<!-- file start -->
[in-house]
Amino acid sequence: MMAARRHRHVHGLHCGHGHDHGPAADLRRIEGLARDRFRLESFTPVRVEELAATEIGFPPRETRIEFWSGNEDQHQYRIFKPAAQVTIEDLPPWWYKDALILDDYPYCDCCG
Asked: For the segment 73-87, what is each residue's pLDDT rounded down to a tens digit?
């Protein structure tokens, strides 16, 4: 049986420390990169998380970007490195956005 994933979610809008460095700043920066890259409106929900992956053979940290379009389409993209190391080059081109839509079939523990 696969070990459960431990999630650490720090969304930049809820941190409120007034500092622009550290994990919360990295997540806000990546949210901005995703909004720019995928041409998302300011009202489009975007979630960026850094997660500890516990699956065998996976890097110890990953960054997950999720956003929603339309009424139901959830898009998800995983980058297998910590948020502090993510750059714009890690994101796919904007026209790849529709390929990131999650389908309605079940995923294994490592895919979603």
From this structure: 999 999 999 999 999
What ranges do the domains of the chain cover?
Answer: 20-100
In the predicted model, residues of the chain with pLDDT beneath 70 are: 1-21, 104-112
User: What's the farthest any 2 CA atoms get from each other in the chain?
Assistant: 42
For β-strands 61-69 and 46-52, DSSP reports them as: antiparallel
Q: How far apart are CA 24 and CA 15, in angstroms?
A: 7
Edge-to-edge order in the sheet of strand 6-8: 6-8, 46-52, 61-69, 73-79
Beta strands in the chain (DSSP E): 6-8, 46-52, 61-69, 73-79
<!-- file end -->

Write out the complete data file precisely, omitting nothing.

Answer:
[in-house]
Amino acid sequence: MMAARRHRHVHGLHCGHGHDHGPAADLRRIEGLARDRFRLESFTPVRVEELAATEIGFPPRETRIEFWSGNEDQHQYRIFKPAAQVTIEDLPPWWYKDALILDDYPYCDCCG
Asked: For the segment 73-87, what is each residue's pLDDT rounded down to a tens digit?
């Protein structure tokens, strides 16, 4: 049986420390990169998380970007490195956005 994933979610809008460095700043920066890259409106929900992956053979940290379009389409993209190391080059081109839509079939523990 696969070990459960431990999630650490720090969304930049809820941190409120007034500092622009550290994990919360990295997540806000990546949210901005995703909004720019995928041409998302300011009202489009975007979630960026850094997660500890516990699956065998996976890097110890990953960054997950999720956003929603339309009424139901959830898009998800995983980058297998910590948020502090993510750059714009890690994101796919904007026209790849529709390929990131999650389908309605079940995923294994490592895919979603």
From this structure: 999 999 999 999 999
What ranges do the domains of the chain cover?
Answer: 20-100
In the predicted model, residues of the chain with pLDDT beneath 70 are: 1-21, 104-112
User: What's the farthest any 2 CA atoms get from each other in the chain?
Assistant: 42
For β-strands 61-69 and 46-52, DSSP reports them as: antiparallel
Q: How far apart are CA 24 and CA 15, in angstroms?
A: 7
Edge-to-edge order in the sheet of strand 6-8: 6-8, 46-52, 61-69, 73-79
Beta strands in the chain (DSSP E): 6-8, 46-52, 61-69, 73-79